Her play Dancing Out Of Time was on the brink of stage production, but stalled, because Johnson insisted that a disabled person play the lead, since the subject matter was disability.
It didn’t become a movie either. But then, and this is another glimpse into Johnson’s persistence and attitude, that wasn’t for want of trying. She showed it to a film producer. Much excitement, followed by a descent down scriptwriter’s levels of inferno. She did 11 drafts, being paid for each draft before the project went into “further development”, the dark valley where scripts go to die.
Her subsequent Australian experience was important, wrenching her from “what had so far been a sheltered and academic existence”. “I got a BA with a major in English, and lots of history papers as well, as a straight C student.”
Arriving in Australia in 1985 meant surviving away from the network of friends, grants, PEP schemes etc. “I went along to business college and turned myself into a wee secretary.” The attitude came with her. One employer felt the acid which had isolated her from the Clearasil crowd at Diocesan. “He started out calling me to ‘get a cup of tea for me, girlie’.” Not long after he was calling her Miss Johnson.
In 1989 the Australian sojourn ended with her having met Tim, partnering up and eventually producing their first child. They came back to New Zealand, buying the Grey Lynn house, and they’ve been here ever since, visits to the Australian relatives excepted. She dabbled successfully with stand-up comedy, specialising in a nice line in mimicry, but problems with her feet, the ones which helped nourish her independent outsider stand towards the world, have forced her to call it quits on her acting.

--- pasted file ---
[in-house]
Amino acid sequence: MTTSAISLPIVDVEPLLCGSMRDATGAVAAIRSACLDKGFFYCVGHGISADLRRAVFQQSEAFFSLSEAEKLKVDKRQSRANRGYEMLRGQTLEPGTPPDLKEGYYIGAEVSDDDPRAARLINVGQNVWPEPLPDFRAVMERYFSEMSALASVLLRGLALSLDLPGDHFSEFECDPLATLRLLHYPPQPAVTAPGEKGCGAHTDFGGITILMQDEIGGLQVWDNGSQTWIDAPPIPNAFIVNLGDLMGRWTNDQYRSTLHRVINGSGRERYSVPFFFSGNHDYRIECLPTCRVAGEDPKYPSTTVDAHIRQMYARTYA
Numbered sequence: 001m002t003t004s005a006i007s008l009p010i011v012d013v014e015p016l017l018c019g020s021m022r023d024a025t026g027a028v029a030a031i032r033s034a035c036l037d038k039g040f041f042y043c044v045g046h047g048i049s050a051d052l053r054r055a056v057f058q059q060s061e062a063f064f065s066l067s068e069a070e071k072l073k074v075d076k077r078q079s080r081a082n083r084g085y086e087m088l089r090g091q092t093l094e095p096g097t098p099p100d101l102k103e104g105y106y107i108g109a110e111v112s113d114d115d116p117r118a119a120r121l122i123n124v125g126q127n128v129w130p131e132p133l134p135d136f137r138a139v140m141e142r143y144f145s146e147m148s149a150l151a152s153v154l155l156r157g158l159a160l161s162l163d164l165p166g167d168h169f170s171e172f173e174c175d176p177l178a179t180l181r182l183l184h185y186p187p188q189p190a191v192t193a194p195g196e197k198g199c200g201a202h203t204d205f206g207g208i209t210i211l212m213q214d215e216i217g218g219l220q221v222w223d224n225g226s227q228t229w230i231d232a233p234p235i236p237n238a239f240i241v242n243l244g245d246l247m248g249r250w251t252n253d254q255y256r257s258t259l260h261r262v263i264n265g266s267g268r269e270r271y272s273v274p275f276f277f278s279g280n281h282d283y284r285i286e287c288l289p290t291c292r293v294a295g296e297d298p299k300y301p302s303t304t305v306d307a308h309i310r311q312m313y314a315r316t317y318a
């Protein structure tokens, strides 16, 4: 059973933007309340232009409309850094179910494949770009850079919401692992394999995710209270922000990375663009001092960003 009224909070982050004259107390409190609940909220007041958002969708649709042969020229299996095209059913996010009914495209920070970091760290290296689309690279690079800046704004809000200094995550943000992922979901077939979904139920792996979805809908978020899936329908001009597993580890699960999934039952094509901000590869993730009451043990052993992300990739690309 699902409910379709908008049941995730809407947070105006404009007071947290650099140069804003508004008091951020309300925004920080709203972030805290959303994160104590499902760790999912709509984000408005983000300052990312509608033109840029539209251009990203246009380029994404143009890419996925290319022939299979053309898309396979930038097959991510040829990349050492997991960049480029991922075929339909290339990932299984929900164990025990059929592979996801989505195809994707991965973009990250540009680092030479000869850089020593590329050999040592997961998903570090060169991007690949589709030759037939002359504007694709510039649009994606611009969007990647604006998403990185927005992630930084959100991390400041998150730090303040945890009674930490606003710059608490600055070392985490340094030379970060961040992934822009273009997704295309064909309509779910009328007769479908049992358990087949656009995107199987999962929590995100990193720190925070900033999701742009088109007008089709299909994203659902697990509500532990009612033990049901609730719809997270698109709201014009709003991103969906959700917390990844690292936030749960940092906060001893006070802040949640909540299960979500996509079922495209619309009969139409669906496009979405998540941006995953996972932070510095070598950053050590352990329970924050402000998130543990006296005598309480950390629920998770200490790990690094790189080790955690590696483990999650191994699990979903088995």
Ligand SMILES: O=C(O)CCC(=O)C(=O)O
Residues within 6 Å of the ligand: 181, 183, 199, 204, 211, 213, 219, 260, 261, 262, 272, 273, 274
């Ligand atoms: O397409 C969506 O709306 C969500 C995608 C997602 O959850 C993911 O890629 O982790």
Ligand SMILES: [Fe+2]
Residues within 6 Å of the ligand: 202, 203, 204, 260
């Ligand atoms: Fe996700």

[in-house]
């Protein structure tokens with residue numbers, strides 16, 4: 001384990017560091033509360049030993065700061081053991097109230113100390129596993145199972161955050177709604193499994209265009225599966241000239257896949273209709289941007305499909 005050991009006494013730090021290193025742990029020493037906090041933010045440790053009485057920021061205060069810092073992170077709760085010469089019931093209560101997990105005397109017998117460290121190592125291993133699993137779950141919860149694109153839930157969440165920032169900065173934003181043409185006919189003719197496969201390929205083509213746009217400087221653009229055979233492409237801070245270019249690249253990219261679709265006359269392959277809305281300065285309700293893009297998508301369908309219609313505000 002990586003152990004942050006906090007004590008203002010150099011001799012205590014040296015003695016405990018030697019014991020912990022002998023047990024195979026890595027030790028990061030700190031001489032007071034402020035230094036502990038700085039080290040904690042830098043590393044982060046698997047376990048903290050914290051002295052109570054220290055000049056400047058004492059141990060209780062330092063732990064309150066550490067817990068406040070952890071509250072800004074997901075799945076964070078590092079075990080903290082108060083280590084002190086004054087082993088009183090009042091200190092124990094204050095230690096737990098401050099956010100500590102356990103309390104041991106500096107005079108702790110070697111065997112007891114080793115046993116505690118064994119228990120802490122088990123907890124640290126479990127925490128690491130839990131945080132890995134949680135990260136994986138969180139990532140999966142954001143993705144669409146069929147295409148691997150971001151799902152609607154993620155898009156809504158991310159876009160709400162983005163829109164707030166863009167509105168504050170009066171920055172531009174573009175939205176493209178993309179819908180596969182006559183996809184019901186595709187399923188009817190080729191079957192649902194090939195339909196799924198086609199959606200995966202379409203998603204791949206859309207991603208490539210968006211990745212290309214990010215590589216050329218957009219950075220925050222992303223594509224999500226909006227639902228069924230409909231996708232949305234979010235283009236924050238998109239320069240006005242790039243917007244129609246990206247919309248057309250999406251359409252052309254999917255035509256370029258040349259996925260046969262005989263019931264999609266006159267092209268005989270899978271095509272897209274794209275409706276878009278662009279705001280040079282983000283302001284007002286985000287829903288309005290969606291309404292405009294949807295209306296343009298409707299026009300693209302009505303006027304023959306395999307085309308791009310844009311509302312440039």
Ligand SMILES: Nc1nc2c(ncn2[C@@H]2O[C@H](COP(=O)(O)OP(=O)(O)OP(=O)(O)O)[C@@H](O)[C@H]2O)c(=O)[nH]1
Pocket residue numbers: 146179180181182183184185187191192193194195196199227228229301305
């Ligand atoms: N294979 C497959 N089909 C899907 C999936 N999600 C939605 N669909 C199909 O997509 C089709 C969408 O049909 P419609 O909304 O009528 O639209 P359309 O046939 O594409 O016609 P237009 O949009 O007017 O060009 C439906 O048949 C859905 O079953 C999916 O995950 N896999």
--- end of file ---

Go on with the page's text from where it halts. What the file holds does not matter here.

Life since has been a mix of two more babies and writing, writing, writing. “I once found myself standing on the porch at the front of the house, with my head spinning from having all these made-up people in my head. They outnumbered the real people, and it was a very strange feeling.”
That’s why she doesn’t watch too much television. “I keep getting this feeling of being overloaded. My brain feels completely scrambled.”
There’s nothing scrambled about her brain when she’s being interviewed. “I’d sooner be the interviewer,” she says. She gets her chance. There is a lull in the conversation, while I try to think of the next question. Johnson quickly turns the tables.
She discovers that I don’t have children. Her reaction, of wonder at how strange that must feel, becomes a glimpse at the workings of a successful writer’s mind. It quickly becomes a musing on the emotional impact of being a sperm donor walking down the street and seeing one of his children.
Difficult to describe in print, it is quick, seamless and brilliant. In a few seconds she’s got a workable story constructed, complete with emotional resonance. It’s sobering to see how quickly it happened – story-development on steroids.
Don’t bet against a radio play in, say, 1997 about a sperm donor who meets one of his children. Or a character in a book, or a stage play. She has a lot of options for placing a usable story.
She’s looking to curb her ferocious work rate. Once her youngest, currently two, is on her way to school, Johnson aims to head back out into the world.
“Before I went to Australia, I did work on a part-time basis. I had a job where I used to work on Friday, Saturday and Sunday, looking after intellectually handicapped adults. You feel good at the end of the day after a job like that. You feel as if you have done something concrete. My leg has deteriorated a bit since then and I don’t think I could do the heavy lifting. But I want to do something like that again. Get out and be doing something outside, working with my imagination all the time.”
From there, things flick back to the interviewer’s family. I admit to having five brothers and sisters. “I would have liked to have come from a big family!”
It’s another story beginning. It’s run up for inspection, for development or rejecting. It’s another moment in the life of Stephanie Johnson, writer.